Monthly market review

How the different asset classes have fared:

(As at 31st August 2018)

Asset Class10 Yr
% p.a.
5 Yr
% p.a.
3 Yr
% p.a.
1 Yr
%
YTD
%
6 Mo
%
3 Mo
%
1 Mo
%
Cash13.22.21.91.91.310.50.2
Australian Bonds25.84.53.13.82.72.71.50.8
International Bonds36.64.93.50.80.41.30.50.3
Australian Shares46.69.211.8167.17.361.7
Int. Shares Unhedged59.115.211.324.313.512.19.24.1
Int. Shares Hedged69.713.513.4156.26.25.11.5
Emerging Markets Unhedged75.29.110.18.40.1-3.5-0.4-0.1
Listed Infrastructure Unhedged813.388.97.613.77.41.4
Australian Listed Property9613.210.815.76.713.95.92.6
Int. Listed Pty Unhedged1012.46.515.310.719.99.34.1

1Bloomberg AusBond Bank 0+Y TR AUD, 2Bloomberg AusBond Composite 0+Y TR AUD, 3Bloomberg Barclays Global Aggregate TR Hdg AUD, 4S&P/ASX All Ordinaries TR, 5MSCI World Ex Australia NR AUD, 6Vanguard Intl Shares Index Hdg AUD TR, 7MSCI EM NR AUD, 8FTSE Developed Core Infrastructure 50/50 NR AUD, 9S&P/ASX 300 AREIT TR, 10FTSE EPRA/NAREIT Global REITs NR AUD

Financial markets continued to perform strongly in August, with most equity markets recording positive gains. Concern about the effects of rising trade tensions between China and the United States are weighing down emerging-market equities. However, following a period of underperformance, valuations are now looking much more attractive in emerging markets than in many developed equity markets. It is important to recognise that in a diversified portfolio there will be winners and losers at different times. We see little to be concerned about from a fundamental perspective with respect to continuing to maintain an exposure to some emerging market investments.

Australian shares had another good month shrugging off concerns about the Royal Commission. There is a widening divergence in valuations within the Australian share market. Industrial stocks are trading at extremely high valuations while banks look relatively cheap. Investors are clearly factoring in ongoing issues for the banks as the property market cools. We have also seen a number of the banks undertake an out-of-cycle interest-rate increase designed to offset higher funding costs. Banks are acting to preserve bank profit margins but at the expense of potentially alienating many of their customers.

The weaker Australian dollar has boosted returns for investing offshore with unhedged international shares outperforming hedged shares. We expect this trend for a weaker A$ to continue over the coming year as Australian interest rates continue to slip below US rates. The US share market was one of the best performers despite being one of the most expensive equity markets. We continue to favour non-US share markets, many of which are much more attractively priced.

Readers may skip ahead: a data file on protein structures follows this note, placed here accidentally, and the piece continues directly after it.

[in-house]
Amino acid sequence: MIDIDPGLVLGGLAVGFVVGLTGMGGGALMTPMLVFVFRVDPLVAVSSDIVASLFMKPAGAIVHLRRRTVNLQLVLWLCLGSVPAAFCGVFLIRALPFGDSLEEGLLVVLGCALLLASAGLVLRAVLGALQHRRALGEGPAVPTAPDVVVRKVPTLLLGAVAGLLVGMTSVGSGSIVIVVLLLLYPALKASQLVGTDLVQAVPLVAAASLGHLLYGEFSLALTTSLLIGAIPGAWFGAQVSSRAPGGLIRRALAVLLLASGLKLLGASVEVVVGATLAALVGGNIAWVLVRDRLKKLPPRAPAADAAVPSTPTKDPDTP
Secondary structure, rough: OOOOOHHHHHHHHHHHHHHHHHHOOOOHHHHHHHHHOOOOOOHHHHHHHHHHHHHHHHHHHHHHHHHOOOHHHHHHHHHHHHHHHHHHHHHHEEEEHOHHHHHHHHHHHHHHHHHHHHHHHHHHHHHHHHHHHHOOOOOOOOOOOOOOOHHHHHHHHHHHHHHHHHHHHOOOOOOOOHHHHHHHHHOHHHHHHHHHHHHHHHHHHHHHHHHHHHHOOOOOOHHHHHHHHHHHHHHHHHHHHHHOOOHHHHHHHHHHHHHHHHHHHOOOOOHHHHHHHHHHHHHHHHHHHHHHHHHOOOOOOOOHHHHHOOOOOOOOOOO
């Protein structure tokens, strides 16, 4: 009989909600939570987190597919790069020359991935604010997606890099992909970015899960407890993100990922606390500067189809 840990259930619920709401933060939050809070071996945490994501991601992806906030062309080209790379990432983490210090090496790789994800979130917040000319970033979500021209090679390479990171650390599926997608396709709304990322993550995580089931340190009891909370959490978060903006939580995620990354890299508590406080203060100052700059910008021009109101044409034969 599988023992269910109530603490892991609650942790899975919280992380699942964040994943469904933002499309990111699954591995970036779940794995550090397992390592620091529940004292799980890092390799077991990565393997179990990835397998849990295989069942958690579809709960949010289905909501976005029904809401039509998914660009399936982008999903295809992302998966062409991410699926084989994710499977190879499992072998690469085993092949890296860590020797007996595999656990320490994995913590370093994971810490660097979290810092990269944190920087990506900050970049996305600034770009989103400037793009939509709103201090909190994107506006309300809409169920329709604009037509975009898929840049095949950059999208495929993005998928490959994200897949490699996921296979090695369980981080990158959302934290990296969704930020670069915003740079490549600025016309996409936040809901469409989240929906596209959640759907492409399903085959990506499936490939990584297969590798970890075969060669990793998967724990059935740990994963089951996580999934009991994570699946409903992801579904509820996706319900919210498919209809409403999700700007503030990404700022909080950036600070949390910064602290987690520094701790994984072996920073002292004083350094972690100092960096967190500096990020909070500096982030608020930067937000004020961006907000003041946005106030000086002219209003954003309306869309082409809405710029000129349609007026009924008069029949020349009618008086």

Fixed-interest markets continued to trade sideways. Given that interest rates are so low across the globe, it’s very hard for investors to get reasonable returns in this sector without taking high risks. Cash rates in Australia have also remained unchanged for some time and we believe that it is highly likely that the Reserve Bank will keep interest rates at current levels for at least another year.

 

How the different asset classes have fared:

(As at 31st July 2018)

Asset Class10 Yr
% p.a.
5 Yr
% p.a.
3 Yr
% p.a.
1 Yr
%
YTD
%
6 Mo
%
3 Mo
%
1 Mo
%
Cash13.32.221.81.110.50.2
Australian Bonds25.94.2331.92.11.30.2
International Bonds36.84.83.41.50.10.80.60
Australian Shares46.99.48.414.95.35.75.71.2
Int. Shares Unhedged59.712.810.313.64.70.853.3
Int. Shares Hedged612.47.110.46.19.95.21.2
Emerging Markets Unhedged73.35.2-0.6-4.6-6.1-6.6-5.63
Listed Infrastructure Unhedged86.712.68.314.547.56.31
Australian Listed Property910.34.211.16.311.87.10.2
Int. Listed Pty Unhedged109.5148.620.49.17.25.42.6

1Bloomberg AusBond Bank 0+Y TR AUD, 2Bloomberg AusBond Composite 0+Y TR AUD, 3Bloomberg Barclays Global Aggregate TR Hdg AUD, 4S&P/ASX All Ordinaries TR, 5MSCI World Ex Australia NR AUD, 6Vanguard Intl Shares Index Hdg AUD TR, 7MSCI EM NR AUD, 8FTSE Developed Core Infrastructure 50/50 NR AUD, 9S&P/ASX 300 AREIT TR, 10FTSE EPRA/NAREIT Global REITs NR AUD

 

International Shares

International shares (unhedged) was the strongest performer last month as a weakening Australian dollar added substantially to a moderately well performing asset class. US shares outperformed European stocks, which retraced their fall in June.  Major U.S. companies reported their second quarter earnings in July. Internet stocks were a mixed bag as Apple and Amazon emerged stronger but Facebook and Netflix sustained major losses after poorer than expected results.

Cash

The RBA once again left its benchmark cash rate unchanged at 1.5% for the twenty-fourth month in a row. Markets now price in the central bank remaining on hold well into next year. The RBA maintains that inflation is likely to return as unemployment falls and when that happens, it will increase rates. However, Australia’s unemployment rate is still well above 5% and many other countries like the US, Germany and UK have barely met inflation targets even as their unemployment rates have fallen below 4%. An indebted consumer also makes the Australian economy vulnerable to interest rate increases so the RBA is unlikely to move any time soon even though interest rates have now stayed flat for two years.

Bonds